Saturday, March 20, 2010

ASP.NET and Load balancing.

In one of our project the site usage of site was very heavy and we need to migrate it to load balancing server. I have never configured the sites in the load balancing server but it was quite interspersing experience Here are the some points which we need to take care while we move sites into the load balancing environments. So first we will see what is load balancing.

Following is a load balancing definition from the Google.

In computer networking, load balancing is a technique to distribute workload evenly across two or more computers, network links, CPUs, hard drives, or other resources, in order to get optimal resource utilization, maximize throughput, minimize response time, and avoid overload.

Following are the points which you need to take care when you are deploying your sites into load balancing server environments.

Machine Key Should be same for both servers: View state and session both are depends on the machine key. If you machine key is not same then you will have problems related to session and view state you may loose your session and view state in between request during post backs. If machine key will not be same then its possible that you can get strange result in Ajax requests. There is a machine key section in web.config where you can specify machine key.

<machineKey validationKey='C44B8B7C521CB5BC7E602BAE6118AA44CD690C7304817129DA27C17E800132A1BD946C6D9AD12F0A5B342840C7D130564195428160B7466146938CA9E3A62686'   decryptionKey='0E9DF2DA7F210B84087690FF0BF25C905182AD81E16A5FA9'   validation='SHA1'/>
Session Configuration: Any web application is not possible without having session as web pages are stateless so you can configure session in load balancing also. There are two configuration which can be used in load balancing environments. One is state service and another is Storing session in SQL Server.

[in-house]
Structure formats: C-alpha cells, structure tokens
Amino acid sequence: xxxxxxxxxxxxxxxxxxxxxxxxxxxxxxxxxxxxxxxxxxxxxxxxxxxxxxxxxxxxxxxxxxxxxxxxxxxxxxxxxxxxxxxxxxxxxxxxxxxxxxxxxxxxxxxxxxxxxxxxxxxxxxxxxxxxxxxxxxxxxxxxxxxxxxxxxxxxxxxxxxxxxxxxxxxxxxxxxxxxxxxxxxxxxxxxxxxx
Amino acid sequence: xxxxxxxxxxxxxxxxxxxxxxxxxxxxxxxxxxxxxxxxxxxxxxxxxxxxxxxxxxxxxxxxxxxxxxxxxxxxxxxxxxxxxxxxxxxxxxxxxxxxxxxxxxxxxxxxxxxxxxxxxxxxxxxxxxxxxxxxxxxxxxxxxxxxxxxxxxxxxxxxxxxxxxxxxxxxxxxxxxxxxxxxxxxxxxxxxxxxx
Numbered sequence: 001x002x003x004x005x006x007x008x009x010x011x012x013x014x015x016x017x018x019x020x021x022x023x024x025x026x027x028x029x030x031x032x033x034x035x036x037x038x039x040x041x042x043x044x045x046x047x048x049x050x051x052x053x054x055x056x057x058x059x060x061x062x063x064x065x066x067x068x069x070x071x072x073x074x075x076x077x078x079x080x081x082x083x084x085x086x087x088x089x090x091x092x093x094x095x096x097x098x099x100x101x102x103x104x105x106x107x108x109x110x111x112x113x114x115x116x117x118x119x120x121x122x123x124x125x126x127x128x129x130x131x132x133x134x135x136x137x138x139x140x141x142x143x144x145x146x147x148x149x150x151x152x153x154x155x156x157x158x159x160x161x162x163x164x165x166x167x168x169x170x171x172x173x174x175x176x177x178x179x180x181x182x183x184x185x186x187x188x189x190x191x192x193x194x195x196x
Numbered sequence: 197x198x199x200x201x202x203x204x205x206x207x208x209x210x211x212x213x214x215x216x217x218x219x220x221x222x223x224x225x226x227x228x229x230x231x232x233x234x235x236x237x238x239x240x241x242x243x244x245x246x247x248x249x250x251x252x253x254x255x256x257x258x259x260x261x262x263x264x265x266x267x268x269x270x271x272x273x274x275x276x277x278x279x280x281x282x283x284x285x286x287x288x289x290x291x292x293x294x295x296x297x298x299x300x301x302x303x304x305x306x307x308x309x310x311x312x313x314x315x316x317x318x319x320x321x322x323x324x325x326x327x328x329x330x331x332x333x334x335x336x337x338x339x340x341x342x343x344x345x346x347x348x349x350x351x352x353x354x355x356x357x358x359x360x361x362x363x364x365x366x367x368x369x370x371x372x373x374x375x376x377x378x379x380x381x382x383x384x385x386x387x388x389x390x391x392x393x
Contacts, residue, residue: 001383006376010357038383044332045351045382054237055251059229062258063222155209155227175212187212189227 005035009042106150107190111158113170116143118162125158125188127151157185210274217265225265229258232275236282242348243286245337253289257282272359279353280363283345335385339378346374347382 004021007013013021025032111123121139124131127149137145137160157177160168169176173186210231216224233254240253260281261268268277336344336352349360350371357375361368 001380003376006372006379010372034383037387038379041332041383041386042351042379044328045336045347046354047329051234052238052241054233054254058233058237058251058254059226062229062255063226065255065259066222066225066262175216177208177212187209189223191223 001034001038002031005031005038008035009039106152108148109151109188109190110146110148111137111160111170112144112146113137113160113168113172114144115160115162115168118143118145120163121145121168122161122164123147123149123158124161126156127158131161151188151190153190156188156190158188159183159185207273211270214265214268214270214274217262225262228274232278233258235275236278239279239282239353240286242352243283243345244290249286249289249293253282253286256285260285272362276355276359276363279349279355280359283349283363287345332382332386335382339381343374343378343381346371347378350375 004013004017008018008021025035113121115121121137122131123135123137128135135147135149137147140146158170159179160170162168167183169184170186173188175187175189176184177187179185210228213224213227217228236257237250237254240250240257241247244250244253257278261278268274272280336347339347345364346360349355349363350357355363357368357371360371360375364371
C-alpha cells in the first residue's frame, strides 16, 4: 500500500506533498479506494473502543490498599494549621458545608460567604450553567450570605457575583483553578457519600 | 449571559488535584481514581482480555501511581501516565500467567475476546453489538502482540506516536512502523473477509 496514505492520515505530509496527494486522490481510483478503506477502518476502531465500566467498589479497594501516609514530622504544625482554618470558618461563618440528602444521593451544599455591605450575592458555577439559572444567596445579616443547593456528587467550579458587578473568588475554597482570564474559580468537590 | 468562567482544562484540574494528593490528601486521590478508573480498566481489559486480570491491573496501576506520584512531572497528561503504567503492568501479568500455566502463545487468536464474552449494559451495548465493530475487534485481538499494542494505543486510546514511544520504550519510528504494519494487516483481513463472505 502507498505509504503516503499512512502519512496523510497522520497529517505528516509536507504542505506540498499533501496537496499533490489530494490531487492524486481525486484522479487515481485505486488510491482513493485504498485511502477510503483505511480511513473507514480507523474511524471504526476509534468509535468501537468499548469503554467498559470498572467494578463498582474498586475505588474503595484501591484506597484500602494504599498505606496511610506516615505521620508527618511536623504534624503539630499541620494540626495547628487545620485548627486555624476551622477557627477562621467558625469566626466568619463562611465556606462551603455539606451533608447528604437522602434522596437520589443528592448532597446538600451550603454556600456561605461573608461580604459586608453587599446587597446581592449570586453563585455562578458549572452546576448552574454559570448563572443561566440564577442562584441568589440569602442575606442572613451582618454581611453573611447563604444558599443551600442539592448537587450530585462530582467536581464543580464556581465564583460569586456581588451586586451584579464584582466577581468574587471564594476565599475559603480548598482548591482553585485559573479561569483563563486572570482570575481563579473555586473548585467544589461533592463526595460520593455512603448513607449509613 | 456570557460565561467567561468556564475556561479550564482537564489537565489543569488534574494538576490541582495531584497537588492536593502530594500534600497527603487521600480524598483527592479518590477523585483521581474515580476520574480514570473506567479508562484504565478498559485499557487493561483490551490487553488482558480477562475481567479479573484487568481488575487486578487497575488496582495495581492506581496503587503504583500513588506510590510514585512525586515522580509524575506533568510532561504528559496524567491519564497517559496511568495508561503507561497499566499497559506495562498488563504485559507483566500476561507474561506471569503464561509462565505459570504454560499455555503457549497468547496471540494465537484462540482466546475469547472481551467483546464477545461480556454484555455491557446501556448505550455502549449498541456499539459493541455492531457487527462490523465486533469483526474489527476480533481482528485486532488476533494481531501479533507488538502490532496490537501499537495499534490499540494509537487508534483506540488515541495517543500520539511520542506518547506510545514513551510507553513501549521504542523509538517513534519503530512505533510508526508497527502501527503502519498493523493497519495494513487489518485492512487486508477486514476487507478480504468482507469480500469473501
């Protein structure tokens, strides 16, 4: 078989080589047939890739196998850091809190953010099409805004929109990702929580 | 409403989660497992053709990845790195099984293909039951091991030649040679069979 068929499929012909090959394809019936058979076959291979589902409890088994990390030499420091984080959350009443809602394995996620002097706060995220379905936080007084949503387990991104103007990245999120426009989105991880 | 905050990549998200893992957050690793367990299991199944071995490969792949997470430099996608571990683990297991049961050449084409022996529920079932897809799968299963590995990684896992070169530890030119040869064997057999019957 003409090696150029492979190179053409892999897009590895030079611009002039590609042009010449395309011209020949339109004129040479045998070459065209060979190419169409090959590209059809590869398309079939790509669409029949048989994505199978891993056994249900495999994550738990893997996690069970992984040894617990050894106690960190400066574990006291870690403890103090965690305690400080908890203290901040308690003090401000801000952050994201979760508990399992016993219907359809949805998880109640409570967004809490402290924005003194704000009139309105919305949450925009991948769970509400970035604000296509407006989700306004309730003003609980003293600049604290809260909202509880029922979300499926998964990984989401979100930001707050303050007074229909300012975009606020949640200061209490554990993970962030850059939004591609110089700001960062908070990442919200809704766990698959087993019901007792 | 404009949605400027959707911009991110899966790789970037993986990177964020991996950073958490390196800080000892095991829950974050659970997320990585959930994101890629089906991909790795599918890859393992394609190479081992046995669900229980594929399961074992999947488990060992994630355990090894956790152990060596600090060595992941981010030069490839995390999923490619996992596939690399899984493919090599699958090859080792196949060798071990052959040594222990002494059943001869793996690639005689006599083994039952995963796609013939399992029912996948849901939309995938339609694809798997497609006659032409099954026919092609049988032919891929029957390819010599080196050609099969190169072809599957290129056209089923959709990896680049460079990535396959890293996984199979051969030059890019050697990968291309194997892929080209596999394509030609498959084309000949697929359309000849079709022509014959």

Following is a good link to learn how you can configure sessions state in application.

And here is a good link to configure session on SQL Server.

You can configure session state mode in your web.config like following.

<sessionState mode="SQLServer" StateConnectionString="tcpip="

SqlConnectionString = "data source=SERVERNAME; user id=sa; password=sa"

cookieless="false" timeout="20" />

enableViewStateMac="false": This is a alternative approach to machine key. This will tell engine that whether it should check Machine authentication check or not and if you made it false then it will not check for machine authentication. You can define that in your web.config pages section like following.
<pages enableViewStateMac="false" />
Caspol Utility: You can use caspol utility to share some resources on between load balancing servers. Like we have file base cache dependency in our application so we have created a central location(A shared folder for cache files) for the both the server and used Caspol utility to give full trust share on that folder for load balancing servers. Following are some of the good links to which will teach how you can use CasPol utility to for application